Video | Business Headlines | Internet | Science | Scientific Ethics | Technology | Search

 


Irish wasp may need help moving west

Irish wasp may need help moving west


Click for big version.

Increasing clover root weevil populations are being seen on the West Coast, but the AgResearch-introduced biocontrol is hot on its tail.

AgResearch entomologists Dr Scott Hardwick and Mark McNeill, based at the Lincoln Campus in Canterbury, have been tracking the spread of clover root weevil (CRW) in the South Island, so that they know if and where to release the Irish wasp, a very effective biocontrol agent for this serious pest of white clover.

Sampling last winter and early spring for the DairyNZ-funded biocontrol project has revealed that the weevil is now present through much of the northern parts of the West Coast. AgResearch is now asking southern West Coast farmers who suspect they may have the weevil to get in touch, so they can be sure the wasp keeps apace of the problem.

In 2006, AgResearch scientists, supported by DairyNZ, Beef + Lamb NZ and AGMARDT, made a breakthrough in CRW control by releasing a potential biocontrol agent, a tiny parasitic wasp from Ireland.

The first trial releases were made in Waikato, Hawke’s Bay and Manawatu, and within just 18 months the wasps’ performance had exceeded the expectations of even the most optimistic scientists.

Dr Hardwick says they found potentially damaging populations of the weevil from Greymouth north through to Karamea but in spite of extensive sampling south of Greymouth, they only discovered a single infested site in Waitahi. 

“The good news is that clover root weevil has brought its own destruction with it. The Irish wasp has been confirmed at many localities including Little Wanganui, the outskirts of Westport, Cronadun, and Greymouth,” he says. 

“However, we’re concerned that the weevil may be getting a jump start on the wasp further south on the West Coast. In wetter areas, clover root weevil may not fly as readily as it does in summer dry areas such as Canterbury. 

“This both limits the dispersal power of the Irish wasp, as it needs to be carried into new areas as eggs inside parasitised weevils, and leads to isolated ‘hot spots’ of CRW, which are often started by CRW hitching a ride on vehicles,” says Dr Hardwick.  

“We’re now considering carrying out releases of the Irish wasp south of Greymouth when new populations of the weevil are found, rather than relying on it making its own way.”

West Coast farmers who suspect they may have CRW – it can be identified by the distinctive U-shaped notches on clover leaves made by the adults – should contact AgResearch.

This will help them confirm the need and locations for Irish wasp releases this year.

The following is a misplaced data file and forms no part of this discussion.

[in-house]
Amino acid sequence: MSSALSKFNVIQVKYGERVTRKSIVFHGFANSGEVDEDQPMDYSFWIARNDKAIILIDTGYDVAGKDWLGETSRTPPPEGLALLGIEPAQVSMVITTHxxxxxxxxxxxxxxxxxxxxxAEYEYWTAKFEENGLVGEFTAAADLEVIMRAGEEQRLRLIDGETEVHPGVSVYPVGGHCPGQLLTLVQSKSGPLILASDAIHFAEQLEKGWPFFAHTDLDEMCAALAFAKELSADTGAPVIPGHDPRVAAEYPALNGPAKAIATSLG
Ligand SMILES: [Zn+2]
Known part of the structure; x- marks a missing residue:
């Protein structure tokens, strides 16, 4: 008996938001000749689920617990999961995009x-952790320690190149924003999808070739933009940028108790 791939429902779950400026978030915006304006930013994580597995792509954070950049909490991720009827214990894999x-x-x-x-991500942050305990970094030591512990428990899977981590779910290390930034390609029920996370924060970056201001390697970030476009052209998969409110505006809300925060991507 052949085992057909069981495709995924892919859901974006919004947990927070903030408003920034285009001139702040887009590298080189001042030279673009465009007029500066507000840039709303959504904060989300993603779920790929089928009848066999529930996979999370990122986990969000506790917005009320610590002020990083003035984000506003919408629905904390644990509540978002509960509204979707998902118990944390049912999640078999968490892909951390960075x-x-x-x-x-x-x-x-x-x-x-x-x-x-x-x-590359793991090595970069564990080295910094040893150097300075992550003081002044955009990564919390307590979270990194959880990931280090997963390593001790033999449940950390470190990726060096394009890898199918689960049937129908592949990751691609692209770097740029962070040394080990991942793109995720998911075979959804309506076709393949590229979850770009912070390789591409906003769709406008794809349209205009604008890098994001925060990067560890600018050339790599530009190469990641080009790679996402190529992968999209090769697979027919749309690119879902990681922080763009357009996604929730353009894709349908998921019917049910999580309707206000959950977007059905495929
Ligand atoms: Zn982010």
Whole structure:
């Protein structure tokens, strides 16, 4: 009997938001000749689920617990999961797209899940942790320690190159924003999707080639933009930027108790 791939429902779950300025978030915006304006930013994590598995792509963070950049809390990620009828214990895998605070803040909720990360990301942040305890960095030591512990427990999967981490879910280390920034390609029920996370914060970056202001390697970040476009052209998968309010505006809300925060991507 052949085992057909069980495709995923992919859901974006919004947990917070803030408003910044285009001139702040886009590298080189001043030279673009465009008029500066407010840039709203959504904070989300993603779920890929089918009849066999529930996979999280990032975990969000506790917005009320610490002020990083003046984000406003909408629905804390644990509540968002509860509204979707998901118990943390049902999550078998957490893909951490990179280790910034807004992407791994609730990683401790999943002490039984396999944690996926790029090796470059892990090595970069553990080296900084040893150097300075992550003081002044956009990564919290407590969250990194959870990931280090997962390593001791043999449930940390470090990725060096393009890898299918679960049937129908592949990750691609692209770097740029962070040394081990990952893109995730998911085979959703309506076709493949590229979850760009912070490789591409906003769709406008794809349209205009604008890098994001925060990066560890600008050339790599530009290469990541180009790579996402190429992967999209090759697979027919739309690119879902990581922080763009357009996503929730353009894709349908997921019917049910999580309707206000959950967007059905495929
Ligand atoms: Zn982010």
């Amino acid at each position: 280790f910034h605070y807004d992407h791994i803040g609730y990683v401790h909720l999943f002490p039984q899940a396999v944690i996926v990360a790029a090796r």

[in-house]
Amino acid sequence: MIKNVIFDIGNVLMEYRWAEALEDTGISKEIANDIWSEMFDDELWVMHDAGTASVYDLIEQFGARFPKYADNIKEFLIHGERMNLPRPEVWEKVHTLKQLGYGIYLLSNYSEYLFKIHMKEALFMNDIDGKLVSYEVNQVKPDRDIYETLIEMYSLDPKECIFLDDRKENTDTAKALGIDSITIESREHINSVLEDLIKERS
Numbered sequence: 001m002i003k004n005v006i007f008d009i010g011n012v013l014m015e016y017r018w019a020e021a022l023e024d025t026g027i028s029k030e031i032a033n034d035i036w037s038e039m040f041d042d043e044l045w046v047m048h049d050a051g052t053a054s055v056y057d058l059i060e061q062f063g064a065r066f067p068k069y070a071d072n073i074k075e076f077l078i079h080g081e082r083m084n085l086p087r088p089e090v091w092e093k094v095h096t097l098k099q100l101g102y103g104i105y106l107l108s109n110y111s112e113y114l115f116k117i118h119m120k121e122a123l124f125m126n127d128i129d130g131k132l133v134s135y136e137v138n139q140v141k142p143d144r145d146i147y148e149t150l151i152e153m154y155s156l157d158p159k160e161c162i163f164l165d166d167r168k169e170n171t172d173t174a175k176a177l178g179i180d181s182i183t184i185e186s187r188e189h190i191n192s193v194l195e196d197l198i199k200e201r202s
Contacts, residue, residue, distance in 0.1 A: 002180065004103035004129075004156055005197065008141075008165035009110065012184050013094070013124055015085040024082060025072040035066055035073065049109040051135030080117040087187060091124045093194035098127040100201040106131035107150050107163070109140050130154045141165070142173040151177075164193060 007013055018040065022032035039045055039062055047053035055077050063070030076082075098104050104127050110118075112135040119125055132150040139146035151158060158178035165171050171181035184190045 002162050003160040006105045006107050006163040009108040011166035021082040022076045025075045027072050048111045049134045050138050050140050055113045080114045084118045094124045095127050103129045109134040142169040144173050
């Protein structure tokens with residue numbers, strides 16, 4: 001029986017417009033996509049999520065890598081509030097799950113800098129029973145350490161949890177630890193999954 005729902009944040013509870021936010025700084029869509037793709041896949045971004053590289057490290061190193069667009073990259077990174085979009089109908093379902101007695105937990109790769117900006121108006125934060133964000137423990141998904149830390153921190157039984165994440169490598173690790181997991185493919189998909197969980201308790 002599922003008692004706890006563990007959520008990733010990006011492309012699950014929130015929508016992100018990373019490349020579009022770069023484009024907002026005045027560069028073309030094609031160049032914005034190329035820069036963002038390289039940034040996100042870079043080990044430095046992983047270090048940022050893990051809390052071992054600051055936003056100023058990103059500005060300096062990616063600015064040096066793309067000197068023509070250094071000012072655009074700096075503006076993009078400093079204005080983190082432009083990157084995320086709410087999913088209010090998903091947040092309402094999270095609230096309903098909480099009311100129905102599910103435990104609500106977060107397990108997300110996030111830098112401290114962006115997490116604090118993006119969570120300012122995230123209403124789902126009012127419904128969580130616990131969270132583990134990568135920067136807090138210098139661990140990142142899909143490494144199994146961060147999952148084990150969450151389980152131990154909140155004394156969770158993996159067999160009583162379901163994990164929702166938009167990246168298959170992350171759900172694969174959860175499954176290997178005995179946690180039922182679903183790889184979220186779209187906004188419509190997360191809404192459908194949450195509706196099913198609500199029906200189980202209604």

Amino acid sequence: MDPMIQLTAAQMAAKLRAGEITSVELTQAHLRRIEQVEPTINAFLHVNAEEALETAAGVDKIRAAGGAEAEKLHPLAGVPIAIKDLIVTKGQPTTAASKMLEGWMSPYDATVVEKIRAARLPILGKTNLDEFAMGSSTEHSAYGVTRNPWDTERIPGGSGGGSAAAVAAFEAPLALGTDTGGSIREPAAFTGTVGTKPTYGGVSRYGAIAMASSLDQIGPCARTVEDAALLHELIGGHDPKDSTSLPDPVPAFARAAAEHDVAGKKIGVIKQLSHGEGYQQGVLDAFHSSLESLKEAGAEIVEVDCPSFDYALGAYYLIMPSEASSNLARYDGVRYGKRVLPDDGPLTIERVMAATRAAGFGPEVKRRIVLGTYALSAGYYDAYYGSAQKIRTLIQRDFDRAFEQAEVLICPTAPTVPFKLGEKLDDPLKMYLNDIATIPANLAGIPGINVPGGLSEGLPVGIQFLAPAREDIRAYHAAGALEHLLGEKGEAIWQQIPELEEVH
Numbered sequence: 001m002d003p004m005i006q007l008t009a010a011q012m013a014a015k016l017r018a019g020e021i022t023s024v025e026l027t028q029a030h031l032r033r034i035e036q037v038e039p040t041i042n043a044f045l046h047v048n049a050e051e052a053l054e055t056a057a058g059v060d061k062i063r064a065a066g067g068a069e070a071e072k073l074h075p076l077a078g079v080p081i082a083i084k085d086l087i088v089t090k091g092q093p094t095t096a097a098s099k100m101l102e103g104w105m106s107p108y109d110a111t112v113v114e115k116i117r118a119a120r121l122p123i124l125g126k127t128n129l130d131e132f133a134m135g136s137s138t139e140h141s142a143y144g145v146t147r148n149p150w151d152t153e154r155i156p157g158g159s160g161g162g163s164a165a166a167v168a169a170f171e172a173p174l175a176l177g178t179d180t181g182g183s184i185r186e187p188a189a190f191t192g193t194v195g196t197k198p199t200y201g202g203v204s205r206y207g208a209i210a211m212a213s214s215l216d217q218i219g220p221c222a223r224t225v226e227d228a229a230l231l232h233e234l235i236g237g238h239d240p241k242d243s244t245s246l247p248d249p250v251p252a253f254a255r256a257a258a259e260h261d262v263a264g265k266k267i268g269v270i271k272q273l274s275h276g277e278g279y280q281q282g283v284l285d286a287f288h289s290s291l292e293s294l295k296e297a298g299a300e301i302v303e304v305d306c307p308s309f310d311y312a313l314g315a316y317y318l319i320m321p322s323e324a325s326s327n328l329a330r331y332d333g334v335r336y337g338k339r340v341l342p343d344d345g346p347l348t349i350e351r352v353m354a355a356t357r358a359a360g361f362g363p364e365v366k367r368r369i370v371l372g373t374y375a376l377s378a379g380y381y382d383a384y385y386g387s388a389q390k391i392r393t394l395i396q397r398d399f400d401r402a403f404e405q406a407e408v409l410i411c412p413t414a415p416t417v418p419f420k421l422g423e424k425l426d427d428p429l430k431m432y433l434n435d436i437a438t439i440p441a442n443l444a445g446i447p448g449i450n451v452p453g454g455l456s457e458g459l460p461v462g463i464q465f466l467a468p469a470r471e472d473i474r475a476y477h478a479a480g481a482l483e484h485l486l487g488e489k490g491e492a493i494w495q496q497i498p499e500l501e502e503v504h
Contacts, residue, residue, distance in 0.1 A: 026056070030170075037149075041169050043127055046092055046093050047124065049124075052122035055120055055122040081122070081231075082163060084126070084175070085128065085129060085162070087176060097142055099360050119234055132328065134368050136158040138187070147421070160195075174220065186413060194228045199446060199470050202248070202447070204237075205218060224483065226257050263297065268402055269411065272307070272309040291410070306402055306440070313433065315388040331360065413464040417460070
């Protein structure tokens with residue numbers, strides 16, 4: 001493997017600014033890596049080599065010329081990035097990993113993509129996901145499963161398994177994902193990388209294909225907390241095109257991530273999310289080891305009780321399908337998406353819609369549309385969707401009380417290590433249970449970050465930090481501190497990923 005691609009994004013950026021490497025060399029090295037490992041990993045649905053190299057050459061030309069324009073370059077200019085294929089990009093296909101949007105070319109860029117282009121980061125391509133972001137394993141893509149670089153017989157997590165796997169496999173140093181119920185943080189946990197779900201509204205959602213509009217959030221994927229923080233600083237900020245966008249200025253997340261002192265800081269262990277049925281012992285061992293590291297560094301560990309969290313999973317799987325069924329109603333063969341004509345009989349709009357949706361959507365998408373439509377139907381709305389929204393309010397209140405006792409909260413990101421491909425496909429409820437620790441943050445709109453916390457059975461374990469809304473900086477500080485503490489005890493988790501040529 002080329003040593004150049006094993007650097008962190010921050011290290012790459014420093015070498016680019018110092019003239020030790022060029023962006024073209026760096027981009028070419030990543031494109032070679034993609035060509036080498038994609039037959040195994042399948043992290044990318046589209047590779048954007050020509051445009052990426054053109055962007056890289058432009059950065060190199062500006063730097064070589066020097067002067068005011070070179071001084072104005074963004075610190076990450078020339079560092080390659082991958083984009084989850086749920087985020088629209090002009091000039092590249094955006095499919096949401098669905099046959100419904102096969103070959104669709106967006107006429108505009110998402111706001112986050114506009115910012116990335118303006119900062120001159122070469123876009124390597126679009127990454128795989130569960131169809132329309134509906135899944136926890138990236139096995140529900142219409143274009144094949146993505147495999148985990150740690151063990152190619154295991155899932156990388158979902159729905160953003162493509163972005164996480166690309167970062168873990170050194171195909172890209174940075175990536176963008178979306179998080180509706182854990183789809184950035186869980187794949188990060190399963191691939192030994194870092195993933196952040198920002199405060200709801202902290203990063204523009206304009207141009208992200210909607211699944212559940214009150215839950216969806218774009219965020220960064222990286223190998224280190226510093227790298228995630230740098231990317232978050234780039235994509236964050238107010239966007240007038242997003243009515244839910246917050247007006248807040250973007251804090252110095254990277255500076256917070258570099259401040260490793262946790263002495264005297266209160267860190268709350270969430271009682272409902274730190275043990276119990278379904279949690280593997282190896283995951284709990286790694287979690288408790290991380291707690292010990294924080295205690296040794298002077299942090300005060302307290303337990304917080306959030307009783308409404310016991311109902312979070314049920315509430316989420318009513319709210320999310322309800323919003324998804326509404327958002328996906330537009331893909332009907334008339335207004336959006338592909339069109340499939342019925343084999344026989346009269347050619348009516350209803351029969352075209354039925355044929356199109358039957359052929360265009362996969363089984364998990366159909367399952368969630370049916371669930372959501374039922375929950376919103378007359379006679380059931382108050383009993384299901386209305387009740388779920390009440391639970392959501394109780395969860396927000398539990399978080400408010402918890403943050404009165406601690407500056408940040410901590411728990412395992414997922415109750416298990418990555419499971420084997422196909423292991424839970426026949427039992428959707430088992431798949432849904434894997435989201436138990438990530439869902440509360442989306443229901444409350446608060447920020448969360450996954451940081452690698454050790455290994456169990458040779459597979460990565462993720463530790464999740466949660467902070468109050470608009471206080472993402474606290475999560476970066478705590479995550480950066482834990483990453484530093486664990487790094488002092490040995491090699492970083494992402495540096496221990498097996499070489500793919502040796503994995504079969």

More information about the weevil and how to recognise it can be found on Pestweb.co.nz the recently re-launched directory of New Zealand’s most damaging pests and weeds.

ENDS

© Scoop Media

 
 
 
 
 
Business Headlines | Sci-Tech Headlines

 

Economic Update: RBNZ Says Rate Cut Seems Likely

The Reserve Bank will likely cut interest rates further as a persistently strong kiwi dollar makes it difficult for the bank to meet its inflation target, it said. The local currency fell. More>>

ALSO:

House Price Action Plan: RBNZ Signals National Lending Restrictions

The central bank wants to cap bank lending to property investors with a deposit of less than 40 percent at 5 percent and restore the 10 percent limit for owner-occupiers wanting to take out a mortgage with a deposit of less than 20 percent, according to a consultation paper released today. More>>

ALSO:

Sparks Fly: Gordon Campbell On China Steel Dumping Allegations

No doubt, officials on the China desk at MFAT have prided themselves on fashioning a niche position for New Zealand right in between the US and China – and leveraging off both of them! Well, as the Aussies would say, of MFAT: tell ‘em they’re dreaming. More>>

ALSO:

Loan Sharks: Finance Companies Found Guilty Of Breaching Fair Trading Act

Finance companies Budget Loans and Evolution Finance, run by former 1980s corporate high-flyer Allan Hawkins, have been found guilty of 106 charges of breaching the Fair Trading Act for misleading 21 borrowers while enforcing loan contracts. More>>

ALSO:

Post Panama Papers: Govt To Adopt Shewan's Foreign Trust Recommendations

The government will adopt all of the recommendations from former PwC chairman John Shewan to increase disclosure and introduce a register for foreign trusts with new legislation to be introduced next month. More>>

ALSO:

The Price Of Cheese: Cheddar At Eight-Year Low

Food prices decreased 0.5 percent in the year to June 2016, influenced by lower grocery food prices (down 2.3 percent), Statistics New Zealand said today. Compared with June 2015, cheese prices were down 9.5 percent, fresh milk was down 3.9 percent, and yoghurt was down 9.2 percent. More>>

ALSO:

Financial Advisers: New 'Customer-First' Obligations

Goldsmith plans to do away with the current adviser designations which he says have been "unsatisfactory" in that some advisers are obliged to disclose potential conflicts of interest and act in their customers' best interests, but others are not. More>>

ALSO:

Get More From Scoop

 
 
 
 
 
 
 
 
 
Sci-Tech
Search Scoop  
 
 
Powered by Vodafone
NZ independent news